The End of Geoprivacy

Ever have the feeling that someone is spying on you?

Today, it’s more likely that you are broadcasting enough information thatanyone can spy on you.

In the most recent issue of Wired magazine, freelance writer Mathew Honan recounts his “I am here”adventures of a “3-week experiment of living la vida local.” Using all the new technology (software and hardware) especially iPhone apps, he demonstrates how easy it is to be constantly monitoring your environment electronically as well as for everybody to know where you are. For example, with the program WhoseHere, you can send your latitude and longitude location and instantly get responses from other people in the area. The responses, needless to say, range from “I’m looking for sex” to “Really great coffee shop.”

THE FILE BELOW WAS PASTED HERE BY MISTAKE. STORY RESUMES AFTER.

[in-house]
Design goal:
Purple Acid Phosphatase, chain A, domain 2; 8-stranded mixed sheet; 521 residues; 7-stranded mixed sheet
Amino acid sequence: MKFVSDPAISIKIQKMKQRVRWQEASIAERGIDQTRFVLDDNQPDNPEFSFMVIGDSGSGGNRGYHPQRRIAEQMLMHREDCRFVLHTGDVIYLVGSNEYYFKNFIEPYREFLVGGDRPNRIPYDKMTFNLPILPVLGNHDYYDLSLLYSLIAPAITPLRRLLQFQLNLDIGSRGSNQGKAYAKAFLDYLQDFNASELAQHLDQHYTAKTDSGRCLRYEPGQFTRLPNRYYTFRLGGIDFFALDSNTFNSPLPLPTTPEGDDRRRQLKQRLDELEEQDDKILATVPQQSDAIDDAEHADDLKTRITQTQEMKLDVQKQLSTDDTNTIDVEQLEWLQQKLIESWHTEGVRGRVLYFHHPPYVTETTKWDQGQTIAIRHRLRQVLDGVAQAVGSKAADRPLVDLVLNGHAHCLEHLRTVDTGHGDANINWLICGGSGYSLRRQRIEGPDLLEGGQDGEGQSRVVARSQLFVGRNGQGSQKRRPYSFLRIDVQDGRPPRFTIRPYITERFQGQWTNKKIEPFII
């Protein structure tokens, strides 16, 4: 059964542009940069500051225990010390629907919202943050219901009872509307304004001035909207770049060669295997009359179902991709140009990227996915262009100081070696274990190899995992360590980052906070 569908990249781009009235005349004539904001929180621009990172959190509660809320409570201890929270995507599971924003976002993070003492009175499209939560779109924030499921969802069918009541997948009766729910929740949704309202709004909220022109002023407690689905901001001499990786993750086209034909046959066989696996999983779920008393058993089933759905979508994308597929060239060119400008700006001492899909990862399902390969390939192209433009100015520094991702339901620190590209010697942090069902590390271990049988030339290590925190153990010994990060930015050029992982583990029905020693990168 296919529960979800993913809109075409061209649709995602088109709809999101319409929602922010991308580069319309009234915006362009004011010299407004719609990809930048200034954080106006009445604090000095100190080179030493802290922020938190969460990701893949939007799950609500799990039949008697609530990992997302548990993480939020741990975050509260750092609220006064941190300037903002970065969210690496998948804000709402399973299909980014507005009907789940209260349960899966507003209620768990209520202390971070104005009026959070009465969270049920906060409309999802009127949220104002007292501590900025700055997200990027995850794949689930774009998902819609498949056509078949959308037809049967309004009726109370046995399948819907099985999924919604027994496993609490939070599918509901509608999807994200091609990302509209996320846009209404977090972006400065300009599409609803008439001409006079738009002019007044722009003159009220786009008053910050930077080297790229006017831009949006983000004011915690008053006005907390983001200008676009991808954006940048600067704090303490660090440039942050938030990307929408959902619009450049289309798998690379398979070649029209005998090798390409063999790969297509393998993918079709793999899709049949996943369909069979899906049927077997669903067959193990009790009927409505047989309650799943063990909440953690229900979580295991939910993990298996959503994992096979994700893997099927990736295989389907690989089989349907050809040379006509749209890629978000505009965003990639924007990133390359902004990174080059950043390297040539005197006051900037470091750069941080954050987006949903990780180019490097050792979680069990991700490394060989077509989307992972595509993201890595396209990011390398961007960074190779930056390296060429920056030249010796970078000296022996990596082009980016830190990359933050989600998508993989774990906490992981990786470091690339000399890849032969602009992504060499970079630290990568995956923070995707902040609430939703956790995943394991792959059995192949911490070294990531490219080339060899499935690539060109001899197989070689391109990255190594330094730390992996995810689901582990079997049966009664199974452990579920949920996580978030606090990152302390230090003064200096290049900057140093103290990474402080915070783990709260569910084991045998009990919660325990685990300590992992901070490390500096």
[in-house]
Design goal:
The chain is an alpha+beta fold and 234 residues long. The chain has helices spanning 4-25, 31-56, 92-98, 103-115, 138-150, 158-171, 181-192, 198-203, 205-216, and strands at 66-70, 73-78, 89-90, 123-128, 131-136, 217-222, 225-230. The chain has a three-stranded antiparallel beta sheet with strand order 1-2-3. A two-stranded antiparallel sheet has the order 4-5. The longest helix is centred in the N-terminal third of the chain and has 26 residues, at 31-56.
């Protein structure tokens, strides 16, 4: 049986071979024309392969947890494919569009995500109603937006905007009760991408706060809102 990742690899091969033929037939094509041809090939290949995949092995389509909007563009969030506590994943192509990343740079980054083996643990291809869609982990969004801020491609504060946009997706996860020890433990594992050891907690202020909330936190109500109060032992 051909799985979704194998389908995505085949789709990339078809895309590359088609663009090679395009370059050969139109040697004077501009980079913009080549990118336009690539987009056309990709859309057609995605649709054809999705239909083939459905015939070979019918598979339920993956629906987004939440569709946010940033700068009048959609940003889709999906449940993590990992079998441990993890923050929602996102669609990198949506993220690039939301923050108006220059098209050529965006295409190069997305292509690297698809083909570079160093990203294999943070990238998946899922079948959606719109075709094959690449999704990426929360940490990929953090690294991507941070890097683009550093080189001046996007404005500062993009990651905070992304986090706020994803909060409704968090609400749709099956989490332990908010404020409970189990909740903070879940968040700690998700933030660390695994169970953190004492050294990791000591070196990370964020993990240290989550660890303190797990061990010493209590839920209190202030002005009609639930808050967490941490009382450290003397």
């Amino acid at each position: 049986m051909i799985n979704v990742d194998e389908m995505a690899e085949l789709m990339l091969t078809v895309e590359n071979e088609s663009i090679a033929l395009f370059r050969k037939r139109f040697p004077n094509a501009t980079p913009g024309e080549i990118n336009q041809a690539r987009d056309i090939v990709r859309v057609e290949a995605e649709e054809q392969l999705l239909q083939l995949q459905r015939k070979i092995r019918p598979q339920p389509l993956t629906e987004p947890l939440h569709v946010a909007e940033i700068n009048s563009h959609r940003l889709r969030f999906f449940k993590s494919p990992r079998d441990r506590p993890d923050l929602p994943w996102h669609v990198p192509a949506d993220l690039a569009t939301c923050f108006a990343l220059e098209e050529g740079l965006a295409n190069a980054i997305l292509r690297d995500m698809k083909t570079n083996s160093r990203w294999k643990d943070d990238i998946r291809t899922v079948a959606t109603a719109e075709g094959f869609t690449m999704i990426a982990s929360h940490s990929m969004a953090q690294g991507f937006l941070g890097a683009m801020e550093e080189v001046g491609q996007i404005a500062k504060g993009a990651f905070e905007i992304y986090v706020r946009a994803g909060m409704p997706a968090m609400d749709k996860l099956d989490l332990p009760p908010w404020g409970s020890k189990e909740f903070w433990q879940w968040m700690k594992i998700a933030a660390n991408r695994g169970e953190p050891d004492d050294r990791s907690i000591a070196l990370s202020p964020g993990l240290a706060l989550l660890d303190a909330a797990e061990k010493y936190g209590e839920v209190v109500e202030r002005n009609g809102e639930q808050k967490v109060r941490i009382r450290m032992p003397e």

Other interesting revelations: “Because iPhones embed geodata into photos that users upload to Flickr or Picasa, iPhone shots can be automatically placed on a map.” In other words, people will know exactly where you were when you took the picture. Interestingly, Honan concludes the article by describing how he almost got into a car accident because he was so busy getting “better location awareness” through his various geo gadgets that he didn’t notice a car (a Prius, of course!) stopping short in front of him. He concludes that technology cannot replace “look[ing] around the old-fashioned way” and keeping a “sense of place.”

One such app, Google Latitude, is already occasioning controversy.

Let’s call this the question of geoprivacy. [Read more…]